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School of Adult and Graduate Education

Traditional Admissions

Scott Hoke, Ph.D.
Assistant Professor, Criminal Justice
610-437-4471 ext. 4454

Behavioral-Based Program

By choosing to study at Cedar Crest College, you will examine the growing field of criminal justice from a unique point of view that is not offered at many other institutions. Here, the focus of our curriculum is on the prevention of harmful behavior, rather than the response to crimes that have already occurred. Today’s communities demand a prevention-focused effort by criminal justice agencies, and our curriculum will prepare you to be a part of that solution.

Our curriculum was designed by Cedar Crest professor Scott Hoke. It includes both the standard fundamental theories of criminal justice and additional courses that Professor Hoke created to fill gaps that he has witnessed in the real world of criminal justice. As a result, you will find that studying criminal justice at Cedar Crest will provide you with a more well-rounded education in both crime response and prevention, thereby better preparing you for success in your chosen field.

Unique Course Offerings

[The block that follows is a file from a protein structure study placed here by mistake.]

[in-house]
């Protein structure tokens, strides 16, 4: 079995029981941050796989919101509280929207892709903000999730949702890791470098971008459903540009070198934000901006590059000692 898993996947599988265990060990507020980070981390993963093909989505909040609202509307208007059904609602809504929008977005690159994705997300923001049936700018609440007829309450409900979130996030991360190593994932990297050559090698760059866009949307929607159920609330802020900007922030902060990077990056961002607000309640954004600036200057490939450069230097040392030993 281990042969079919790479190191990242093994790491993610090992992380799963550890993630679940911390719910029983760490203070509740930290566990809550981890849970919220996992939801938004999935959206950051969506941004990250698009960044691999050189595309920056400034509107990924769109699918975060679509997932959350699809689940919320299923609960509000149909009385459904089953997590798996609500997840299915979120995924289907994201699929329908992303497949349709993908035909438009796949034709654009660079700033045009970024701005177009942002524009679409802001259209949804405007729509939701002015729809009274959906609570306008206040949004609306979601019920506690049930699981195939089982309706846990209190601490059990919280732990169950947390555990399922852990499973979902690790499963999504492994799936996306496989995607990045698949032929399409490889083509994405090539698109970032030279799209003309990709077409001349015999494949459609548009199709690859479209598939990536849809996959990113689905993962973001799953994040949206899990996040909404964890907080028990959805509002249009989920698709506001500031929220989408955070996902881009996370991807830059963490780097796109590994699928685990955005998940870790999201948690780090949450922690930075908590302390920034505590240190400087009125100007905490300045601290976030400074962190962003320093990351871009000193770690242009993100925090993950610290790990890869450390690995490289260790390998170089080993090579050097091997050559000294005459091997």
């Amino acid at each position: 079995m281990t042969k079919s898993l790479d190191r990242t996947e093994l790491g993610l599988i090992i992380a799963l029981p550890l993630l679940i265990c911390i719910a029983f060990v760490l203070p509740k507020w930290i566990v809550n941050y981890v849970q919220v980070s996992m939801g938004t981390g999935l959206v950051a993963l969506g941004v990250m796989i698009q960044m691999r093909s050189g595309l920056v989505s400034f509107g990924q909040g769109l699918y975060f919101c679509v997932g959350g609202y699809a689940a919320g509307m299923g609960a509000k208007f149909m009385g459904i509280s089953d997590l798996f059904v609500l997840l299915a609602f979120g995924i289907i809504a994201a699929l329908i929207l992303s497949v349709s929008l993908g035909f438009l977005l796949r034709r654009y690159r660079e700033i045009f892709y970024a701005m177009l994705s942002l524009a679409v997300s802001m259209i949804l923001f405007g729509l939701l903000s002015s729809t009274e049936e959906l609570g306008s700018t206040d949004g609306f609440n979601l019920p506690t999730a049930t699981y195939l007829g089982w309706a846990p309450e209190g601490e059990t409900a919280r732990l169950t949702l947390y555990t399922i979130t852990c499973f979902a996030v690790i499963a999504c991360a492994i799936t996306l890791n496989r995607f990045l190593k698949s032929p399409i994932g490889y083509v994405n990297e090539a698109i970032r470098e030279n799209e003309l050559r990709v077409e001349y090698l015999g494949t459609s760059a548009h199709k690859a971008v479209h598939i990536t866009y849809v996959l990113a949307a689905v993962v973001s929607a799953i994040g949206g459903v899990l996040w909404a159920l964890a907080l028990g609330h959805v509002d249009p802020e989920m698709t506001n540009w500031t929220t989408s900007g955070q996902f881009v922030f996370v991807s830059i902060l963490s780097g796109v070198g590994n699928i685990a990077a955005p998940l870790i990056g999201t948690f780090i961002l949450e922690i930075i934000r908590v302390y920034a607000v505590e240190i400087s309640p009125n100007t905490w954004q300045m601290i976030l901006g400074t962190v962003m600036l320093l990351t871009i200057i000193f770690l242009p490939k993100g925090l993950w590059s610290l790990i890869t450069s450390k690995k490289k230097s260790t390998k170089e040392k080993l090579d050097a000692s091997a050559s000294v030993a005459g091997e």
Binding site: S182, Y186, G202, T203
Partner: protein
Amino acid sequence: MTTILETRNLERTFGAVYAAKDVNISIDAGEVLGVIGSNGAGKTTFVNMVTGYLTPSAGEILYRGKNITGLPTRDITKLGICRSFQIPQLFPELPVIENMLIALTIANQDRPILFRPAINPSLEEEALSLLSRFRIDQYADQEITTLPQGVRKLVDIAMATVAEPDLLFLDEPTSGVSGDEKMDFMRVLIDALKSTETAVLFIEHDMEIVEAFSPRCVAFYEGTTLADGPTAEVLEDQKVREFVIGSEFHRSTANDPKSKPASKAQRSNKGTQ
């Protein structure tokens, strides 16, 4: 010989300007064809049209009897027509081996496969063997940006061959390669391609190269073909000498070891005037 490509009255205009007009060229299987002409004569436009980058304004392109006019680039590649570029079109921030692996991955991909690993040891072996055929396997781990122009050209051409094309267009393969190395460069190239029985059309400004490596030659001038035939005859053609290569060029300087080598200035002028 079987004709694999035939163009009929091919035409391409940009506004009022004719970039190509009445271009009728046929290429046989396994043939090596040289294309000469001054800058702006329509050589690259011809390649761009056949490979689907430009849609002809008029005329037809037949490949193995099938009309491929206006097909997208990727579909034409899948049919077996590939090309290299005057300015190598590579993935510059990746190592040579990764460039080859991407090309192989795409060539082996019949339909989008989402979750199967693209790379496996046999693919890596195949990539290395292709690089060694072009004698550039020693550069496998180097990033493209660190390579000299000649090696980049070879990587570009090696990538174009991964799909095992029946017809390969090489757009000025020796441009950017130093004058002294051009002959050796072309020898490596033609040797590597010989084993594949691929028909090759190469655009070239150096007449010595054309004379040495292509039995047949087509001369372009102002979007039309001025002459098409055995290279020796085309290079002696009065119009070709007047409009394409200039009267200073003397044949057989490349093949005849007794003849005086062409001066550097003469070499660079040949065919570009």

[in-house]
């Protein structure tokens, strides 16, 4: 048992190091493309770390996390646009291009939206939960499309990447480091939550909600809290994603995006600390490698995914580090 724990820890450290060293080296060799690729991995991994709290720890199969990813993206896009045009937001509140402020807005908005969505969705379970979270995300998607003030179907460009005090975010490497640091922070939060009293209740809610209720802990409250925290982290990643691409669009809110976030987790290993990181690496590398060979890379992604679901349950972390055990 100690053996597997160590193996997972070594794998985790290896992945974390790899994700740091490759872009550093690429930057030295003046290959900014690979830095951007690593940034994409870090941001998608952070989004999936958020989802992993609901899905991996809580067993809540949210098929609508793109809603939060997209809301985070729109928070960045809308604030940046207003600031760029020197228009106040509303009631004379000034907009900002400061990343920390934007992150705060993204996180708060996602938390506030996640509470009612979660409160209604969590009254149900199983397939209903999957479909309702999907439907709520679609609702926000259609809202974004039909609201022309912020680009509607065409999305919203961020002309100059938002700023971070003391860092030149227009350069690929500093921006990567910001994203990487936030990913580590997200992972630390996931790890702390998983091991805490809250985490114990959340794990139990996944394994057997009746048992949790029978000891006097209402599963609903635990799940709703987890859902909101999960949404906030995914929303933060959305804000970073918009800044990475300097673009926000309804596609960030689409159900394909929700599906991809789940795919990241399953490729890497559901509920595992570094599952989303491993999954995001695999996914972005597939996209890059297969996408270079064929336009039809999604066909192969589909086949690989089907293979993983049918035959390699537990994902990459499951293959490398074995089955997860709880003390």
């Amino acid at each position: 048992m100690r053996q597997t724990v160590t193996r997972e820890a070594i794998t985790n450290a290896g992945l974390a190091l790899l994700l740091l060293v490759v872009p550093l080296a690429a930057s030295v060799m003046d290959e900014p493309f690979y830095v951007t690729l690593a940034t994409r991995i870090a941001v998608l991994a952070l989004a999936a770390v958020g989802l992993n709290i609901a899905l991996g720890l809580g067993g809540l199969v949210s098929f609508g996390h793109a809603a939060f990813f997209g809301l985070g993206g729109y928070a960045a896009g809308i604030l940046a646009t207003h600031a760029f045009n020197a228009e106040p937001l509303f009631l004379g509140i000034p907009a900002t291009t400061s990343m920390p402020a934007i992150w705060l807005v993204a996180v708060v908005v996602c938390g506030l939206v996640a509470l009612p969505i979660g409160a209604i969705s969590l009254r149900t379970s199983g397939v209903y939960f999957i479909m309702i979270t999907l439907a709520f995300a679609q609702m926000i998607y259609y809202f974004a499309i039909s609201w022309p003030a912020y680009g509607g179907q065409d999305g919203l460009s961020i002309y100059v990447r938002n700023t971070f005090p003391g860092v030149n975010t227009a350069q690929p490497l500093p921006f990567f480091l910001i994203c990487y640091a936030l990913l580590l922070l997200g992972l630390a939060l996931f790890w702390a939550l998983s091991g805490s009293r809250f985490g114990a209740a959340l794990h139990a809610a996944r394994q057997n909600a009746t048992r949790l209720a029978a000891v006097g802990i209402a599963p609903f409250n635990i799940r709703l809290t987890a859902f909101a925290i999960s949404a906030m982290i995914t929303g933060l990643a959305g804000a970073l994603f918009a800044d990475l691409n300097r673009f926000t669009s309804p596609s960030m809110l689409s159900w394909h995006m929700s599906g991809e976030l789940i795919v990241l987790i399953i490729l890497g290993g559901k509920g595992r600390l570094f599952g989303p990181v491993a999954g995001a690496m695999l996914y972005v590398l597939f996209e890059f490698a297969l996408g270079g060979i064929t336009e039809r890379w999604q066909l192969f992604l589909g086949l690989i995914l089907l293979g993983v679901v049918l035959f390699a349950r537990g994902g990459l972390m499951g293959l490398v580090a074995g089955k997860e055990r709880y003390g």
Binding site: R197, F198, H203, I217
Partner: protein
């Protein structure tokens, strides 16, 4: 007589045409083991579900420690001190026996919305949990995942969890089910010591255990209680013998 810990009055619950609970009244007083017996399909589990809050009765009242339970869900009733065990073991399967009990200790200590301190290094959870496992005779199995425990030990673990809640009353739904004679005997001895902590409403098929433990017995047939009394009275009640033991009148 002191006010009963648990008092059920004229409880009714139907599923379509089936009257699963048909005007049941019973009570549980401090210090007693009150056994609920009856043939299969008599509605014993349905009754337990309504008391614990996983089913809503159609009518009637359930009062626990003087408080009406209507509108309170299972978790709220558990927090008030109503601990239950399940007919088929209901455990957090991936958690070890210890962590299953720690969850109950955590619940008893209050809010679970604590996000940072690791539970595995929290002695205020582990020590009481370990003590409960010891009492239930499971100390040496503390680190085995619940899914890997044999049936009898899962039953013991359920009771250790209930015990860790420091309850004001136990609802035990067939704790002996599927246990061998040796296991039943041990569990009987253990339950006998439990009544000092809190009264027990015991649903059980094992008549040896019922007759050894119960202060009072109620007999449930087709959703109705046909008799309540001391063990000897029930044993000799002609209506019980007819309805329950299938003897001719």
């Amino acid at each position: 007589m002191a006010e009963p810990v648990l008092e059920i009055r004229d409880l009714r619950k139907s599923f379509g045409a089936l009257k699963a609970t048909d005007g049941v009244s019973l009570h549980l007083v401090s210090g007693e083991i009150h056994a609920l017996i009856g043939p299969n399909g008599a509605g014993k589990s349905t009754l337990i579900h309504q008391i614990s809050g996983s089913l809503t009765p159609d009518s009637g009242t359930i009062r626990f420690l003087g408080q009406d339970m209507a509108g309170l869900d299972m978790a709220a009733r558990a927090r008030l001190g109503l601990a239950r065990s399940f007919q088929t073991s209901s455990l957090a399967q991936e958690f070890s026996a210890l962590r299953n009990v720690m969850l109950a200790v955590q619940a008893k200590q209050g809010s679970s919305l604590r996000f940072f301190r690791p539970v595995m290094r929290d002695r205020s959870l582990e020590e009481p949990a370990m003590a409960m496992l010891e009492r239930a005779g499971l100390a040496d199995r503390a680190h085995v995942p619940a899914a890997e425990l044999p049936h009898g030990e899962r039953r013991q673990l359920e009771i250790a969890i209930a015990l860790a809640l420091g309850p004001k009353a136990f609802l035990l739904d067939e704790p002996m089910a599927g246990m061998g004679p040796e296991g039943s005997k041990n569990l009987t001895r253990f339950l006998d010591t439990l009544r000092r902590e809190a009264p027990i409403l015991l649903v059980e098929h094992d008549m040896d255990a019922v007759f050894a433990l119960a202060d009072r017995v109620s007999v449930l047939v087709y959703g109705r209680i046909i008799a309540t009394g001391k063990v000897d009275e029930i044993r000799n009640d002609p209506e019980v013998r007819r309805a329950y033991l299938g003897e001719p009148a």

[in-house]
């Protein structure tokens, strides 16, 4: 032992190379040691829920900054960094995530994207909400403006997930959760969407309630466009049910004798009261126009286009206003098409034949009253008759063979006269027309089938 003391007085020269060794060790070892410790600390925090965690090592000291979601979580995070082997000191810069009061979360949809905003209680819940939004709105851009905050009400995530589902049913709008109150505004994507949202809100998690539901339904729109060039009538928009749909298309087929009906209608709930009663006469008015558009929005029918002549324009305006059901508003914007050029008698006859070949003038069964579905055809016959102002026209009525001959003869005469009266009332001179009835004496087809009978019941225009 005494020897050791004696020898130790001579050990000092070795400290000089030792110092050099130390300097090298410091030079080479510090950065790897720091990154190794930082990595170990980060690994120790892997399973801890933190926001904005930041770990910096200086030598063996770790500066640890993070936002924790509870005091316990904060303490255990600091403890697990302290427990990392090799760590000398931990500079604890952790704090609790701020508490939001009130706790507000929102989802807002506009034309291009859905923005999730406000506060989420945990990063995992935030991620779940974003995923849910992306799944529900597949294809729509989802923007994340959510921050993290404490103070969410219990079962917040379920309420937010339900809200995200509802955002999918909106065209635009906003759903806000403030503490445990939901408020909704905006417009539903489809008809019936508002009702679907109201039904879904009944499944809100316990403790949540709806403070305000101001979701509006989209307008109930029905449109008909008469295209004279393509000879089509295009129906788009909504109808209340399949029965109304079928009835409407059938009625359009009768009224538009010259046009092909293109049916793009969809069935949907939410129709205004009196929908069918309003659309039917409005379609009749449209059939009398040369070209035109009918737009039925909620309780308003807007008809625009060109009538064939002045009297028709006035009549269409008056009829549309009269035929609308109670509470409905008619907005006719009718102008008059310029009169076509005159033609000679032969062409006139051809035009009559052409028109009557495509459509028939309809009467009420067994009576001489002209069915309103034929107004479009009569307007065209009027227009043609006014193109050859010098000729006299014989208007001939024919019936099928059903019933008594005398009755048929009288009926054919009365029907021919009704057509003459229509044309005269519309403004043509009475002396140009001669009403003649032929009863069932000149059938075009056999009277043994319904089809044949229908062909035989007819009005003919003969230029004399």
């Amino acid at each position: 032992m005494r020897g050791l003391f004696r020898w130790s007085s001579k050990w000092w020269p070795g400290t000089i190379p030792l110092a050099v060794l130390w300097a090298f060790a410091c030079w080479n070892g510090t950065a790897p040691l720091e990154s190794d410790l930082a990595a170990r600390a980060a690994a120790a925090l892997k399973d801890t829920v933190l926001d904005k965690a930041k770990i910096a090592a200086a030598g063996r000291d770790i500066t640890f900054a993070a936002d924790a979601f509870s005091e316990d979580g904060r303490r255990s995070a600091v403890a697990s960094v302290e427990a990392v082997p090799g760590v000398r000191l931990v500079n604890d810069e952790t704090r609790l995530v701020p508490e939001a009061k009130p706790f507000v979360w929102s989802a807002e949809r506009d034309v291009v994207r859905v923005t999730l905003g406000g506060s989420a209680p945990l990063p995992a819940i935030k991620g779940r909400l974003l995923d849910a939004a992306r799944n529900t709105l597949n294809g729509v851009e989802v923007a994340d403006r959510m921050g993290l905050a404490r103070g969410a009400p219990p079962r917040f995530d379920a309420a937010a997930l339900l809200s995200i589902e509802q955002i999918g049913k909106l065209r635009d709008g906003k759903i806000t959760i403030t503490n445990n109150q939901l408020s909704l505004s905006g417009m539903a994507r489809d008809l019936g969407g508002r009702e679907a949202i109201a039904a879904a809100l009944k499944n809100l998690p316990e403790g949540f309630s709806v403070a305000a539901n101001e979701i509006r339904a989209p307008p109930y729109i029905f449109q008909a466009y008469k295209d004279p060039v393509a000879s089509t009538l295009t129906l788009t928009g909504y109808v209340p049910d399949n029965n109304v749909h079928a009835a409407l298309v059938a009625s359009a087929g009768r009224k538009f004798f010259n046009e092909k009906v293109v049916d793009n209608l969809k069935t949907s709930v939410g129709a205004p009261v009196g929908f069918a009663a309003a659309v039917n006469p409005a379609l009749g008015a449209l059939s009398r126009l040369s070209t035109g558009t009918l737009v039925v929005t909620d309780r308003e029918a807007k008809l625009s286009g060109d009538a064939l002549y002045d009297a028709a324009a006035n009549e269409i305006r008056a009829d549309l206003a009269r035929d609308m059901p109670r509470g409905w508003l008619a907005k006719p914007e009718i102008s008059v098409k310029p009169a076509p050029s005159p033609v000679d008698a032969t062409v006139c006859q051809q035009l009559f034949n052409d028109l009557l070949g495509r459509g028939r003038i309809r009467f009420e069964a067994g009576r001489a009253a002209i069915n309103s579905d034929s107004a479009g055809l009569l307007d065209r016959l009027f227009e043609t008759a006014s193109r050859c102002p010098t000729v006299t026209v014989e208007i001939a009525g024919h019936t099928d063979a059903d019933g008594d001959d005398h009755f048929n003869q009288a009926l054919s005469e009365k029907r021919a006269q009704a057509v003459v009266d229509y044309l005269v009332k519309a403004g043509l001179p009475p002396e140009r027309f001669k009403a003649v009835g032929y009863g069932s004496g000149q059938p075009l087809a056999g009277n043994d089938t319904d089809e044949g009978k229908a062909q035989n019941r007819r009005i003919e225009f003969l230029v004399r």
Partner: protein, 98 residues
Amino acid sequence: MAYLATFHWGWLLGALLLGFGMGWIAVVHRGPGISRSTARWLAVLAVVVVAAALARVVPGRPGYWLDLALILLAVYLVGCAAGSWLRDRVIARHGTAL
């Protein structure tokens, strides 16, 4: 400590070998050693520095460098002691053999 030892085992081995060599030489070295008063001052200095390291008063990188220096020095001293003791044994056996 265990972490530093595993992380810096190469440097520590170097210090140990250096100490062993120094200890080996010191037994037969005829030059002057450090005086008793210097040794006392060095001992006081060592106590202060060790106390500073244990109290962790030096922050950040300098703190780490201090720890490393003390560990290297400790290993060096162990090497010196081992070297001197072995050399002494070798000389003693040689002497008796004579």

In order to understand how to prevent crimes, it is essential to examine what influences human behavior. For that reason, your coursework will provide you with a thorough understanding of the psychological, sociological and environmental causes behind criminal behavior. To that end, our program offers courses you will not find at other institutions, including:

Addictions, Psychopathology and Crime (CRJ 201): The primary objective of this course is to identify the influence substance use, abuse, and addiction has on behavior. Specific content areas compare and contrast the behaviors observed in children, adolescents, and adults; misconceptions of substance abuse; the challenges associated with the measurement of substance use and abuse; and the classifications of drugs.

Corrections (CRJ 306): The American corrections system is currently incarcerating individuals at unprecedented rates, despite the fact that crime has decreased over the past decade. With over 13 million Americans admitted to the nation’s jails and prisons each year, the effect on society is significant. This course, taught from an environmental criminology perspective, examines how incarceration influences behavior, and identifies the most effective methods to control inmate behavior. Content areas include how architecture, expectations, conditions of confinement, classification, and situational crime prevention measures impact inmate behavior.

Crime and Place (CRJ 311): This course focuses on the social ecology of crime in that it examines the relationship between crime, victimization and the environment. Ecological theory examines spatial and temporal patterns of criminal conduct and victimization. This course also examines community and environmental strategies which have been developed to reduce the likelihood of criminal behavior.

View additional course descriptions here»